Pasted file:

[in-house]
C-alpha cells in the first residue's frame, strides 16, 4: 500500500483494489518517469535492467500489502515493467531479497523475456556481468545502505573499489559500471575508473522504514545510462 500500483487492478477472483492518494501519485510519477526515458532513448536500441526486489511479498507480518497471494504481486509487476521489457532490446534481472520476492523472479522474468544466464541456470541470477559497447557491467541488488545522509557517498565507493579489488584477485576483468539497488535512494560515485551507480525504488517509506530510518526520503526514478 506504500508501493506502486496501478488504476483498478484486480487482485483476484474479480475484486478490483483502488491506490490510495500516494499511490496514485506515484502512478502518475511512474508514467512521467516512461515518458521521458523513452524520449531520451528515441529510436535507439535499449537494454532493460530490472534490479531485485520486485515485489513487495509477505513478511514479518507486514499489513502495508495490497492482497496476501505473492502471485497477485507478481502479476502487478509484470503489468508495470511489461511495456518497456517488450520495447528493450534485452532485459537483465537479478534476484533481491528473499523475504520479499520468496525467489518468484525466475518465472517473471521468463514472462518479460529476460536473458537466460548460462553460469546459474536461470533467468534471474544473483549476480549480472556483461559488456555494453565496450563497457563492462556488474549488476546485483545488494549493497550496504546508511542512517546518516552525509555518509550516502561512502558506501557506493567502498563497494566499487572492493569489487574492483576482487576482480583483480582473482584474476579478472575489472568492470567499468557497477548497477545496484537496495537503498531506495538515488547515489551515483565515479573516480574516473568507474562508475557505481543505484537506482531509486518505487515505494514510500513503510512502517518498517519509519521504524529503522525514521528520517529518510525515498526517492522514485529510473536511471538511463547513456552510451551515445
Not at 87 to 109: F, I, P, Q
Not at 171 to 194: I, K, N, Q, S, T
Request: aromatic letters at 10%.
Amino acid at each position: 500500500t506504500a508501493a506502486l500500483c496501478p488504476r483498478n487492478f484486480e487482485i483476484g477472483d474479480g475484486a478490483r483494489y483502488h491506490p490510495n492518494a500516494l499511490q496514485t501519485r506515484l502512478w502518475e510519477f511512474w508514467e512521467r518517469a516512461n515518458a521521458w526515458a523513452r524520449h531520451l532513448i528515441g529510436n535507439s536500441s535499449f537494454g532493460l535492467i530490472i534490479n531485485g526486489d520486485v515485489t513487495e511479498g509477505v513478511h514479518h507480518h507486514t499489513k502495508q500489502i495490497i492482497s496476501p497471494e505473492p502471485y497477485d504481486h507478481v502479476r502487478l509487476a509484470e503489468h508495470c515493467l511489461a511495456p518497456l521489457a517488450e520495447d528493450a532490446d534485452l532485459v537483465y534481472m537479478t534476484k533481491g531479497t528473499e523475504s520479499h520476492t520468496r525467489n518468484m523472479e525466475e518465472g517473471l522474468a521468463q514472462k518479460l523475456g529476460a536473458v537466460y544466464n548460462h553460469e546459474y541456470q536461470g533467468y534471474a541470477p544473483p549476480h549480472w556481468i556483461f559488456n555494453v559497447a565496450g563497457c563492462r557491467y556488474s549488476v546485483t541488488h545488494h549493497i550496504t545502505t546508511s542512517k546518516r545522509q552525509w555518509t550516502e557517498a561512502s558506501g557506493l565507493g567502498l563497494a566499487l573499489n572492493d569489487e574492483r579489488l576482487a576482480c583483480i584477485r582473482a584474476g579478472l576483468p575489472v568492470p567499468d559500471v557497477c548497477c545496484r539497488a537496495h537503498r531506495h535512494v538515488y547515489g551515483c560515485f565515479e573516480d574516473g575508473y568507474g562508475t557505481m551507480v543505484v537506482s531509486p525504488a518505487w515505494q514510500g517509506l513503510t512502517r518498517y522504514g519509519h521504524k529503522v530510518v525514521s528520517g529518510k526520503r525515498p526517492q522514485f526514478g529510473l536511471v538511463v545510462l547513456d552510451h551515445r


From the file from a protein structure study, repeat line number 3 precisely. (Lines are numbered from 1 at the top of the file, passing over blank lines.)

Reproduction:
Not at 87 to 109: F, I, P, Q